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Birmingham Superprix set for revival in film

Birmingham Superprix set for revival in film Classic and Performance Car

A group of documentary-makers are set to bring the Birmingham Superprix back to life through the medium of film.

None of the team behind the project were even born when the the last Birmingham Superprix took place in 1990, however project leader Andrew Smallman has brought together a collection of archive material set to bring the street race back to life.

In a race against time to finish the documentary to coincide with the event’s 30th anniversary on August 24, the project is currently looking to raise funds for the final production stages of the film.
The Superprix was the last legalised street race in British history, and to this day remains one of the nation’s most evocative sporting spectacles. Held between 1986 and 1990, those who took to the streets of Birmingham city centre in anger include single-seater stars Damon Hill and Jean Alesi in F3000, as well as Andy Rouse and Robb Gravett in the British Touring Car Championship.

Birmingham born and bred, Smallman told Classic & Performance Car that his fascination began from roaming the streets of the city where racing lines and ballsy manoeuvres once truly had a place.
‘Me and my dad used to drive past the circuit when I was kid, and he used to tell me everything about the Superprix. I always met it with mystique though; I couldn’t imagine it, because it was pre-social media and when we didn’t have online videos to look back on. When I started watching the videos on You Tube, my jaw just hit the floor. I couldn’t believe that drivers were racing past places where I’d gone to drink, eat and shop at at 170mph.’
At the start of the project, Smallman talks of how he walked the once 2.4-mile track; one that even today maintains some its heritage.
‘The holes where the Armco was placed, the public grandstands, the flowerbeds that blossomed to read ‘Birmingham Superprix’, they’re all still there.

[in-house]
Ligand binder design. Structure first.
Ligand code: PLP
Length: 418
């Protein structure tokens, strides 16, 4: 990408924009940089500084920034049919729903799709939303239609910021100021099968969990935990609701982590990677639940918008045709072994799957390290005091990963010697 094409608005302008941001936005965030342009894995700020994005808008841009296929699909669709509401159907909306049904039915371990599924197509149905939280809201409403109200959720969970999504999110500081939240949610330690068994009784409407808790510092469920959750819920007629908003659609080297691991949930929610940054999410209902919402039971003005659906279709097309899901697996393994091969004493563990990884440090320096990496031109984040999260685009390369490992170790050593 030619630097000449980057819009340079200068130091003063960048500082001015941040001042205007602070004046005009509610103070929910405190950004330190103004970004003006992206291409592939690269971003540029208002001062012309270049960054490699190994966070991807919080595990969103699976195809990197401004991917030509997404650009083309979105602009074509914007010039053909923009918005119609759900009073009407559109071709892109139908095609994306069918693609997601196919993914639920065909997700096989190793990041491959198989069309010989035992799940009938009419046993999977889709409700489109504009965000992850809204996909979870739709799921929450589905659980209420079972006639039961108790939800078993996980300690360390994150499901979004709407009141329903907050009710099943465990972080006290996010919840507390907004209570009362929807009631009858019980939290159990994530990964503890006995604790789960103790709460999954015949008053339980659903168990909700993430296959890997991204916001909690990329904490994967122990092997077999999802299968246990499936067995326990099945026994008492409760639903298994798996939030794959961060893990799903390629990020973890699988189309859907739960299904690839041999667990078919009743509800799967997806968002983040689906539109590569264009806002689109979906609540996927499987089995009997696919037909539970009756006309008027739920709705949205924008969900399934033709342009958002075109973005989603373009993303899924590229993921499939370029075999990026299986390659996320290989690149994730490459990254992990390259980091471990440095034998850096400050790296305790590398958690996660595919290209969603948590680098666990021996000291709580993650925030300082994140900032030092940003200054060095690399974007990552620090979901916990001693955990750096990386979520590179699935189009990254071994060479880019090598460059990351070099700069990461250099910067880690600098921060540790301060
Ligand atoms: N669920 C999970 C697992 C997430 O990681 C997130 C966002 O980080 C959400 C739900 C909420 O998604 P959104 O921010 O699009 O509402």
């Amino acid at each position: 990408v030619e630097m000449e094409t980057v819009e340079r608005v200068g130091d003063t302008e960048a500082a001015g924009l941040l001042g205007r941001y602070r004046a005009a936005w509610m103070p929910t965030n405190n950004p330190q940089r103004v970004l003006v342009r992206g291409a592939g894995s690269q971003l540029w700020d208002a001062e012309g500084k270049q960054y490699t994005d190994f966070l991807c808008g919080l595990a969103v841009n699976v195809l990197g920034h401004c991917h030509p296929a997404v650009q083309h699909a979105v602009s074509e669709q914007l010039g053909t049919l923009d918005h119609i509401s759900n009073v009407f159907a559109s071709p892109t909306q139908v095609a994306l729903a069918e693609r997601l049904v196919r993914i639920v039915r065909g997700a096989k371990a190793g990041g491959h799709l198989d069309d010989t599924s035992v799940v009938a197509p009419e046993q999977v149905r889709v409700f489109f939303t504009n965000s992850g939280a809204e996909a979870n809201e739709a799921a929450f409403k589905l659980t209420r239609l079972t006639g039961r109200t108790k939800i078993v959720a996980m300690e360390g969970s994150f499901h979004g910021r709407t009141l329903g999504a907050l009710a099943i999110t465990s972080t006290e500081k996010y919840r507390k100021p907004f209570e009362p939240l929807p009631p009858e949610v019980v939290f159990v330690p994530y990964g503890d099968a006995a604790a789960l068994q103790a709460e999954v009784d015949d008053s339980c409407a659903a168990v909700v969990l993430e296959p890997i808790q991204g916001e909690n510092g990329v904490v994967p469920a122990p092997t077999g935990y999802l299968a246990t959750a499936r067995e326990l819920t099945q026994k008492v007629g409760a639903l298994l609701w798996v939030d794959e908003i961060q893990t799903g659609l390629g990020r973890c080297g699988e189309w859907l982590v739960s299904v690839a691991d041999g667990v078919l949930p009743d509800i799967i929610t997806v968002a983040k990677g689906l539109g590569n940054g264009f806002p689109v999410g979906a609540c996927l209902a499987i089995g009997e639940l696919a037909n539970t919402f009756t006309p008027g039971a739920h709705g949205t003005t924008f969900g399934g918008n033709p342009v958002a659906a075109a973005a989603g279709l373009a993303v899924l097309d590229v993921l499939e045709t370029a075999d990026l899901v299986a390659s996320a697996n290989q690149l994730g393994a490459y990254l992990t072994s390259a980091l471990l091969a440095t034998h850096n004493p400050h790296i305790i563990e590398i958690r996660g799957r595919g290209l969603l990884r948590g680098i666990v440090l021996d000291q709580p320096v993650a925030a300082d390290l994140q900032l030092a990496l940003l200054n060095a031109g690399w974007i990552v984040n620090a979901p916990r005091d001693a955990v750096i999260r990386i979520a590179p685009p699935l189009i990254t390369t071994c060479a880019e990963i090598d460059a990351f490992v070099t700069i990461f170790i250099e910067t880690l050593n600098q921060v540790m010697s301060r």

‘The old Halfords Corner has now been made much bigger, however the original roundabout is still there in the middle of it. It’s almost as if Birmingham itself is holding on to the race.’
Through talking to established figures, such as archivist David Page and Dave Lucas, formerly head of Birmingham City Council’s Road Race team, the scale of the event and the effort it took to put together began to dawn on the project’s folk, and is a key motive behind the forthcoming documentary.
‘The likes of John Surtees, Graham Hull and James Hunt all came together and said “this could happen and should happen”. Even beyond the big names, we’ve found out that reputations, jobs, and even marriages were on the line to make this race happen. 
‘The fact that these people sacrificed so much to get it off the ground needs to be recognised. Whatever line of work you’re operating in, that’s got to be inspirational to take a big idea and make it happen.’
Since launching the project, Smallman, along with the project’s director of photography Kate Hook and editor Aaron Jones, have put together a trailer using archived footage – one that has been met with great interest.
‘We’ve had so much feedback, and so many people getting photos and memorabilia out of the loft to help us along. The public support, the national support, the historical value, and the motorsport community - all these factions have started to come together again to remember and talk about it.’
‘We feel like it’s been keep in the dark too long, and that the time has come to show the next generation just how much work went in to it and how amazing it really was.’
You can donate to the project, at www.gofundme.com/superprixfilm.

Words: Joe Diamond
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